Forest rangers rescue injured hiker from Chairback Mountain

Photo courtesy of Maine Forest Service Ranger Lt. Jeff Currier.
Posted Sept. 02, 2011, at 8:55 p.m.
Last modified Sept. 03, 2011, at 5:15 p.m.

TOWNSHIP 7, RANGE 9, Maine — Maine Forest Rangers landed one of their UH-1 helicopters on an improvised landing zone, a tiny ledge atop Chairback Mountain, to take a hiker with a broken ankle to safety during a rare and hazardous remote-access rescue Friday on the Appalachian Trail.

The hiker, an Ohio man whose name was not available, was taken by ambulance to Eastern Maine Medical Center in Bangor after the rangers flew him to Bangor International Airport shortly after 4 p.m., Ranger Chief Pilot John Crowley said. The man’s condition was not available.

Rangers Ben Goodwin and Tom Liba used chainsaws and other cutting tools to clear brush and growth from the landing zone, a 12-foot by 12-foot area on the largely rock outcropping atop the 1,988-foot mountain, as Ranger Michael McGary and Old Town Fire Department Firefighter Chris Baker, a paramedic, hiked about a half-mile along rugged valley ground between the Chairback and Columbus Mountain peaks to get to the hiker.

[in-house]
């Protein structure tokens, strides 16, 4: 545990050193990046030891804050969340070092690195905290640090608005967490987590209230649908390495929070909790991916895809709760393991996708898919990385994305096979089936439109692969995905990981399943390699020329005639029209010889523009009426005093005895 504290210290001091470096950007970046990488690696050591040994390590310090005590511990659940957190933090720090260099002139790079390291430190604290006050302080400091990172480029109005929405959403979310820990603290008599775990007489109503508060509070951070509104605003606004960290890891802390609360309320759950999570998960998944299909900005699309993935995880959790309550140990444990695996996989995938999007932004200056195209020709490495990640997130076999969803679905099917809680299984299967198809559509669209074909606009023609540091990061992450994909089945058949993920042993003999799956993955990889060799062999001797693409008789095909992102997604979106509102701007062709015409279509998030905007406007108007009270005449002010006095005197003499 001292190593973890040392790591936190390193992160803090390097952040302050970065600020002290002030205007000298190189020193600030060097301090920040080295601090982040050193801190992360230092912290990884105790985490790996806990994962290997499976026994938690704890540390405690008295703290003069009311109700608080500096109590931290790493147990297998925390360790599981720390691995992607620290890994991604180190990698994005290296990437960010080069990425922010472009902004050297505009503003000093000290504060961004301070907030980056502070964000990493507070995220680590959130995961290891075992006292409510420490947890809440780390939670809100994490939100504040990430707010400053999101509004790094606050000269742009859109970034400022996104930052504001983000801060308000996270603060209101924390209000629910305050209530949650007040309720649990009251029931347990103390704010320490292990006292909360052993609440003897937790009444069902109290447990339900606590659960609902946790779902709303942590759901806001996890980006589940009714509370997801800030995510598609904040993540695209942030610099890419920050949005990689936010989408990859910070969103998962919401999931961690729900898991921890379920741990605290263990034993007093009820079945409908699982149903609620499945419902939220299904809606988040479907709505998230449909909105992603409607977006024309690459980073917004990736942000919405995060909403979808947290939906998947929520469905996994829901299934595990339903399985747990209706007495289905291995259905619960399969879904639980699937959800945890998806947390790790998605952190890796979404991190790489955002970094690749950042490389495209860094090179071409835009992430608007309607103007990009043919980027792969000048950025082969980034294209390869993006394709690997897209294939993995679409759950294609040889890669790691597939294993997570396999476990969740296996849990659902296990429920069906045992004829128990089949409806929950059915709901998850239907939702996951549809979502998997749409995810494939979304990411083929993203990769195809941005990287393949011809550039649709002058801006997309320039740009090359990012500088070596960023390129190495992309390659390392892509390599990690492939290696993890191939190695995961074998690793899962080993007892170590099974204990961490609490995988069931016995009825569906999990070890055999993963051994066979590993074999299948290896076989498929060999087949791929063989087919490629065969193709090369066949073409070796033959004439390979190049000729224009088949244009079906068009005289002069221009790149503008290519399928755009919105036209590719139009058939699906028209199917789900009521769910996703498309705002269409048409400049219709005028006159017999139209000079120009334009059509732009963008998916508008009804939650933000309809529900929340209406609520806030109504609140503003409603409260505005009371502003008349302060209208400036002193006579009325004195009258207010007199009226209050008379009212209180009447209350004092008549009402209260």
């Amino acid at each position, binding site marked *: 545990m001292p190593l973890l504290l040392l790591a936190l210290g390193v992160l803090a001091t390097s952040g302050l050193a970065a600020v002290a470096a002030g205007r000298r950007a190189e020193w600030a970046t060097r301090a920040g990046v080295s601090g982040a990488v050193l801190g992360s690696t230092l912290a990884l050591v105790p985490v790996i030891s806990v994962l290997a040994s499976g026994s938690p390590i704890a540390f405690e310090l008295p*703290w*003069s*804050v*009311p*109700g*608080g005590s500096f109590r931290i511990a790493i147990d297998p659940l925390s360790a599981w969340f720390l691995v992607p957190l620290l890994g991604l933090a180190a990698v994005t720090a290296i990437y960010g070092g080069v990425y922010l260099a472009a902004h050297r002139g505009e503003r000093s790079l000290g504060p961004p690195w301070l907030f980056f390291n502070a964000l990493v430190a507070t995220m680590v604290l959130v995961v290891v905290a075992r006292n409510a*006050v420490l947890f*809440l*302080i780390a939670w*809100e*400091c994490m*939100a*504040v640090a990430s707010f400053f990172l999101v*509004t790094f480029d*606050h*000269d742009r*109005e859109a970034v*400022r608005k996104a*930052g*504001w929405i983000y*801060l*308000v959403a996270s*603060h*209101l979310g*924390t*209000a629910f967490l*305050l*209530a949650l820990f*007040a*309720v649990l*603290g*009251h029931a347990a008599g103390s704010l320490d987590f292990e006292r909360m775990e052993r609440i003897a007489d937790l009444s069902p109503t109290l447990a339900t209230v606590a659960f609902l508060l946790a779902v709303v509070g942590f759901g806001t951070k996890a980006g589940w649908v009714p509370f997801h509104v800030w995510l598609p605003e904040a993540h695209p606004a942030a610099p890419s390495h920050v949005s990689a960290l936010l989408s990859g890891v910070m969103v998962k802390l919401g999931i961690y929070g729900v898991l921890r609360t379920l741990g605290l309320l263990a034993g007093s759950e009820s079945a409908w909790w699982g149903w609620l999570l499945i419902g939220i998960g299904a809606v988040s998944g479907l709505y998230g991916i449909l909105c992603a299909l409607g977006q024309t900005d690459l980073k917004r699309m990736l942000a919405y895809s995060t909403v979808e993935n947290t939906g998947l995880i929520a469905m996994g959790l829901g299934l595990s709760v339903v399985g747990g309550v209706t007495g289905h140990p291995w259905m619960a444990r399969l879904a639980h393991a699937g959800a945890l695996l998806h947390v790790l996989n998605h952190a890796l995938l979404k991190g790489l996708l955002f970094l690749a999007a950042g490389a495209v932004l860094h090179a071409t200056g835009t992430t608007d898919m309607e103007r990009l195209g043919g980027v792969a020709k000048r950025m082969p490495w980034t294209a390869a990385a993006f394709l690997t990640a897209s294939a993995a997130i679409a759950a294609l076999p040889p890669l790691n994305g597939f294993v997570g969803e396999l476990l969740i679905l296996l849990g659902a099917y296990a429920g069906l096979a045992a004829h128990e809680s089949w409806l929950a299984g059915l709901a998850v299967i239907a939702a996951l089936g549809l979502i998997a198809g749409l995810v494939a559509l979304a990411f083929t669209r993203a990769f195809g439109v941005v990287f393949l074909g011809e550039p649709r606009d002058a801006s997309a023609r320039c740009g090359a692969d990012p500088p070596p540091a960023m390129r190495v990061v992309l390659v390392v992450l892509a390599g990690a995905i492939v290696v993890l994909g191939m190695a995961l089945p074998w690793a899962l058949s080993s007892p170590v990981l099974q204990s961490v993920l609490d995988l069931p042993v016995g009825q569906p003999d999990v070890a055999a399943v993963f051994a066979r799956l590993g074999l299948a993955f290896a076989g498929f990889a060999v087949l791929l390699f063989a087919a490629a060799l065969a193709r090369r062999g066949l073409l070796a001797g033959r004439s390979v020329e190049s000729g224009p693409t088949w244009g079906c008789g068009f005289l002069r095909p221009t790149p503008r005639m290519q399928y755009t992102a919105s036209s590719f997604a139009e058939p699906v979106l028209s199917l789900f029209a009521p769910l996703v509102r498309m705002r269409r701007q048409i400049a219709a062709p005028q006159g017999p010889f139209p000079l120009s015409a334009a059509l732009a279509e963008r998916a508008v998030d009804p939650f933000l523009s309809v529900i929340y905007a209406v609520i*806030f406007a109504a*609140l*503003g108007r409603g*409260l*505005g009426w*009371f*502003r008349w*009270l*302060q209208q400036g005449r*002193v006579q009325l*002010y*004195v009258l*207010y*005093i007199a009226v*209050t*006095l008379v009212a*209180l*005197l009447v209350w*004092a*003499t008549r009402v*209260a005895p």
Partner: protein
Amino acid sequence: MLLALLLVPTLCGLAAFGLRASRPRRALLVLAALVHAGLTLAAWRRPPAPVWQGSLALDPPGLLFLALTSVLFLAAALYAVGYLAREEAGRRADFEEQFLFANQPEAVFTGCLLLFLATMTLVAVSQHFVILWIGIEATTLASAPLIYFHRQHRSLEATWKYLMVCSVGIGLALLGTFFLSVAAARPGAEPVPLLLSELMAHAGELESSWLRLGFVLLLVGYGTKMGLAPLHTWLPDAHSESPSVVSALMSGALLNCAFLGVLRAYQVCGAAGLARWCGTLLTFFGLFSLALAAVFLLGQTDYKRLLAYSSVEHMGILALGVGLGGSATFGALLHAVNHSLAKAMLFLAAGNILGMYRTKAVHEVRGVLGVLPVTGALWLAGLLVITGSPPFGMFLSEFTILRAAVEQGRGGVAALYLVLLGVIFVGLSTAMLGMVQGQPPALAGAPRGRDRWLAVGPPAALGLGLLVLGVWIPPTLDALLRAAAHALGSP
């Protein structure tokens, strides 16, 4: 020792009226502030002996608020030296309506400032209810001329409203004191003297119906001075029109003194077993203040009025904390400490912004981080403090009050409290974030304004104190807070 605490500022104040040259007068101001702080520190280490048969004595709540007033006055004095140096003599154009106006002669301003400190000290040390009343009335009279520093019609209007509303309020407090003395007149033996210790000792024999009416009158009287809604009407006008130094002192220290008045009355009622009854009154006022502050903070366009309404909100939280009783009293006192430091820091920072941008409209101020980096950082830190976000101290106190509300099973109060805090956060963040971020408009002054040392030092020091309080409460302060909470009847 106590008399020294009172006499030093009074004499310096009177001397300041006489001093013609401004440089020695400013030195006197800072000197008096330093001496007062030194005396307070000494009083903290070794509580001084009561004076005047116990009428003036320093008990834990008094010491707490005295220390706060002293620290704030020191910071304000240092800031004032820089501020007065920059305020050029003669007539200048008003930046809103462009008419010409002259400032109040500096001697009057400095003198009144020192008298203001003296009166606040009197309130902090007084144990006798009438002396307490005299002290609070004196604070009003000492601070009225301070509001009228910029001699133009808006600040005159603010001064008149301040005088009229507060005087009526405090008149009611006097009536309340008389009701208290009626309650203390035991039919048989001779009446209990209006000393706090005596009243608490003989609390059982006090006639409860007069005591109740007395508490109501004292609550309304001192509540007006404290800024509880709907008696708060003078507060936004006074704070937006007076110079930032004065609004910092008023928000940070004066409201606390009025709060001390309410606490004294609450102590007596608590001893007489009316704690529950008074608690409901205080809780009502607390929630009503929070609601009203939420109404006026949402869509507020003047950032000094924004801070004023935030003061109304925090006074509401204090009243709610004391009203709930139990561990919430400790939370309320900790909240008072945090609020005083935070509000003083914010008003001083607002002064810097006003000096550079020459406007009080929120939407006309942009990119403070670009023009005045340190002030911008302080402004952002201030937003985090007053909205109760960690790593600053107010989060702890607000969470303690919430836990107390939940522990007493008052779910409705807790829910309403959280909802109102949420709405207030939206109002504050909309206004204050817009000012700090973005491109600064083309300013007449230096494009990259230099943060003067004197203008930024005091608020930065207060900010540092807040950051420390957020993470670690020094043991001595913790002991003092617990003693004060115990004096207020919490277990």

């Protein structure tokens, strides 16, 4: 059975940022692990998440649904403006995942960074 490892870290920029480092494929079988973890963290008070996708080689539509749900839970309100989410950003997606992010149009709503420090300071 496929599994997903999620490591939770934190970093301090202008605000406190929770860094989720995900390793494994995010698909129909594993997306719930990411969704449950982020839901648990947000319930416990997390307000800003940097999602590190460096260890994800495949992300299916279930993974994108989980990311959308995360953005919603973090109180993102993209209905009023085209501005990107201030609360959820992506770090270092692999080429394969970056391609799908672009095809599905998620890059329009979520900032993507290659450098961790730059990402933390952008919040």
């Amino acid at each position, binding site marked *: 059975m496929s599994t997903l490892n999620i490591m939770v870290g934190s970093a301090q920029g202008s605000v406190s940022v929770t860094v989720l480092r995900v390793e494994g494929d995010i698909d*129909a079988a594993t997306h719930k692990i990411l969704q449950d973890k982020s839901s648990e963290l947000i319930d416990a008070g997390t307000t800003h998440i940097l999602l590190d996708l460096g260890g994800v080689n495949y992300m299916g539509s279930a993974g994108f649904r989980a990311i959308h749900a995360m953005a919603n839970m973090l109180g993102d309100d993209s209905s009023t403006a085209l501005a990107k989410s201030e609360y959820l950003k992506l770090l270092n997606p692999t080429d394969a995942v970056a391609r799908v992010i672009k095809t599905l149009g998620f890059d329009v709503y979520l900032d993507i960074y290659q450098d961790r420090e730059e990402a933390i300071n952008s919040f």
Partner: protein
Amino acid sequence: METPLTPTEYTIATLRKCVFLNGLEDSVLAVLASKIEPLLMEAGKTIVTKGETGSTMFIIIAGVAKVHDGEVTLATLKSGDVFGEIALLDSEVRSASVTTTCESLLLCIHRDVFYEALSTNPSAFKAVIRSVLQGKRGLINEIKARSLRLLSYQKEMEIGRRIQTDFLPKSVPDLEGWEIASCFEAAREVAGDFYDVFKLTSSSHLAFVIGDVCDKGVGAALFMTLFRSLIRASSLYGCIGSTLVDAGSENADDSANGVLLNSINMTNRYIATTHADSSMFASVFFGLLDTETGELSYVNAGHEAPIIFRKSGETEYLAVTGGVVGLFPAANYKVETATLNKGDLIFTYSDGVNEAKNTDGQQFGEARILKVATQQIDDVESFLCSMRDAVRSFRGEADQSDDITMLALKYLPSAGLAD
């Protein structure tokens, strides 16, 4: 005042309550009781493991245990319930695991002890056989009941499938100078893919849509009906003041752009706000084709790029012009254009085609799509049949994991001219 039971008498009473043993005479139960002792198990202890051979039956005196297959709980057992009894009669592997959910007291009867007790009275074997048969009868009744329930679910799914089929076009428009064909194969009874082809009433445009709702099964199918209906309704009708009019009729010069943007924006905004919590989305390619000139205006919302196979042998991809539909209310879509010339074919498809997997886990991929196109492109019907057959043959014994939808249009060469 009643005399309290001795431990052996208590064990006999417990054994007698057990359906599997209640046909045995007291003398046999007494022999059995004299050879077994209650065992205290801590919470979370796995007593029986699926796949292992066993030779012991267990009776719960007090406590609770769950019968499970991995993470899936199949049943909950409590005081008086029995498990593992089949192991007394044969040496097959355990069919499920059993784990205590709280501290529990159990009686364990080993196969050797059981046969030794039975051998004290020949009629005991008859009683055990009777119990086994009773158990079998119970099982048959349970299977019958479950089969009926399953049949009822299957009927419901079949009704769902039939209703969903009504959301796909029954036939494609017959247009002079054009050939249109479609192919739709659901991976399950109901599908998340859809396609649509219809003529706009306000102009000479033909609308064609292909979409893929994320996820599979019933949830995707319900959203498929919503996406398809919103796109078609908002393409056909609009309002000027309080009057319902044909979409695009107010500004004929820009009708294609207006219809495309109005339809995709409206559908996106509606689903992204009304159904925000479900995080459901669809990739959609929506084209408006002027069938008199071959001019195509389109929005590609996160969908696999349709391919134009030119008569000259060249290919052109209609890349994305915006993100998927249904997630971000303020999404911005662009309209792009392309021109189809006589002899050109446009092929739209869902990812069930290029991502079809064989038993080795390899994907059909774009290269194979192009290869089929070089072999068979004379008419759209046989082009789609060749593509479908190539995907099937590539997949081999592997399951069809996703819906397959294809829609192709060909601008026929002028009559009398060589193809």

“It was a tough area” to land in, Ranger co-pilot Chris Blackie said, “not a good area. We are backcountry specialist in terms of what we could do and we are probably one of the few [rescue organizations] that could have landed there.”

With assistance from two Maine game wardens and two or three employees of the Appalachian Trail Association or club, who hiked in to rescue the hiker along the trail, the rangers treated the injured man and carried him back to the helicopter, Blackie said. By then, the helicopter had refueled at the Rangers’ Greenville facility.

The initial landing, in which Blackie and Pilot Lincoln Mazzei brought the Huey just low enough to allow the Rangers to disembark from a helicopter skid lightly touching the mountainside — and to ask passing hikers for directions to the injured man — was also hazardous, Crowley said.

“You just don’t know what you are going to find until you get there, until you put skids on the ground,” Crowley said.

The HeliTac team had no choice. Ranger teams get called to handle rescues or injuries a half-dozen times a year, when other rescue organizations decide that time or hazardous circumstance warrants the rangers’ involvement, Crowley said.

“It would have been an extremely long and arduous carry for the wardens. It could have easily been an all-night carry, hours and hours,” Blackie said. “The terrain is so up and down there. It’s hard enough to carry someone on flat ground.”

The rangers have an agreement with Old Town to supply medically trained rescuers when they are needed, Crowley said.

The HeliTac team was training at the Old Town airport when the call came in at 1 p.m. The crew was back at base by 5:15 p.m., Blackie said.

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